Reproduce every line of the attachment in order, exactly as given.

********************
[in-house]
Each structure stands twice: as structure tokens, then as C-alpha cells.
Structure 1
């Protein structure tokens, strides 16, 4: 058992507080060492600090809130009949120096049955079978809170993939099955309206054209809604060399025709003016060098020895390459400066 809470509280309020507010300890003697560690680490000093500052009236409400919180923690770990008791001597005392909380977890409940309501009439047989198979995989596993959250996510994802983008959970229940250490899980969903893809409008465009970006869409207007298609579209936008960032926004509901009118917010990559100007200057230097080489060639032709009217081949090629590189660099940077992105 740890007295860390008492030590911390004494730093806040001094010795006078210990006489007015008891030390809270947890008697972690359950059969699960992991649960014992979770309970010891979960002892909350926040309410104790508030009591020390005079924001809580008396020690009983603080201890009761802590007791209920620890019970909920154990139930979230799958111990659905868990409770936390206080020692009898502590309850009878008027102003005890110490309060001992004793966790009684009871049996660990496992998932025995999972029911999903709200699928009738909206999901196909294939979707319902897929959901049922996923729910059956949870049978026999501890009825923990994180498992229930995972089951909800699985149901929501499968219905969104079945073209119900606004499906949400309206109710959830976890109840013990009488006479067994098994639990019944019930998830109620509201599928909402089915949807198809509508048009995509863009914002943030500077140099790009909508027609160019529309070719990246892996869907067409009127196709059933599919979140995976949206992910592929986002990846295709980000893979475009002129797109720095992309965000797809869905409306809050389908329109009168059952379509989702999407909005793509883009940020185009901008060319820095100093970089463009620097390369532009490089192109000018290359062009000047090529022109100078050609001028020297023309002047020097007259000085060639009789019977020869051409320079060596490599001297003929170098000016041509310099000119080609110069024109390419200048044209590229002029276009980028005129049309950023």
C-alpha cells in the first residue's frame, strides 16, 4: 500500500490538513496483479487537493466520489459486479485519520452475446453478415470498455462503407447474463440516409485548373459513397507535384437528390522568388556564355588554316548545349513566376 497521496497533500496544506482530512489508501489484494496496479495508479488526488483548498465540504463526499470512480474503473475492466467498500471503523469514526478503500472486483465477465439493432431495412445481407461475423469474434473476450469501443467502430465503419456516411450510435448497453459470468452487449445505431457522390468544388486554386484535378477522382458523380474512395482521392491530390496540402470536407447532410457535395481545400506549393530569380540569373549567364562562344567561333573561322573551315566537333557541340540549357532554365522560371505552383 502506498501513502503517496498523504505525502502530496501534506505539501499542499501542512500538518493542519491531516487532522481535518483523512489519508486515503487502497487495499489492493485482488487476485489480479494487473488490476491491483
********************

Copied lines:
[in-house]
Each structure stands twice: as structure tokens, then as C-alpha cells.
Structure 1
């Protein structure tokens, strides 16, 4: 058992507080060492600090809130009949120096049955079978809170993939099955309206054209809604060399025709003016060098020895390459400066 809470509280309020507010300890003697560690680490000093500052009236409400919180923690770990008791001597005392909380977890409940309501009439047989198979995989596993959250996510994802983008959970229940250490899980969903893809409008465009970006869409207007298609579209936008960032926004509901009118917010990559100007200057230097080489060639032709009217081949090629590189660099940077992105 740890007295860390008492030590911390004494730093806040001094010795006078210990006489007015008891030390809270947890008697972690359950059969699960992991649960014992979770309970010891979960002892909350926040309410104790508030009591020390005079924001809580008396020690009983603080201890009761802590007791209920620890019970909920154990139930979230799958111990659905868990409770936390206080020692009898502590309850009878008027102003005890110490309060001992004793966790009684009871049996660990496992998932025995999972029911999903709200699928009738909206999901196909294939979707319902897929959901049922996923729910059956949870049978026999501890009825923990994180498992229930995972089951909800699985149901929501499968219905969104079945073209119900606004499906949400309206109710959830976890109840013990009488006479067994098994639990019944019930998830109620509201599928909402089915949807198809509508048009995509863009914002943030500077140099790009909508027609160019529309070719990246892996869907067409009127196709059933599919979140995976949206992910592929986002990846295709980000893979475009002129797109720095992309965000797809869905409306809050389908329109009168059952379509989702999407909005793509883009940020185009901008060319820095100093970089463009620097390369532009490089192109000018290359062009000047090529022109100078050609001028020297023309002047020097007259000085060639009789019977020869051409320079060596490599001297003929170098000016041509310099000119080609110069024109390419200048044209590229002029276009980028005129049309950023």
C-alpha cells in the first residue's frame, strides 16, 4: 500500500490538513496483479487537493466520489459486479485519520452475446453478415470498455462503407447474463440516409485548373459513397507535384437528390522568388556564355588554316548545349513566376 497521496497533500496544506482530512489508501489484494496496479495508479488526488483548498465540504463526499470512480474503473475492466467498500471503523469514526478503500472486483465477465439493432431495412445481407461475423469474434473476450469501443467502430465503419456516411450510435448497453459470468452487449445505431457522390468544388486554386484535378477522382458523380474512395482521392491530390496540402470536407447532410457535395481545400506549393530569380540569373549567364562562344567561333573561322573551315566537333557541340540549357532554365522560371505552383 502506498501513502503517496498523504505525502502530496501534506505539501499542499501542512500538518493542519491531516487532522481535518483523512489519508486515503487502497487495499489492493485482488487476485489480479494487473488490476491491483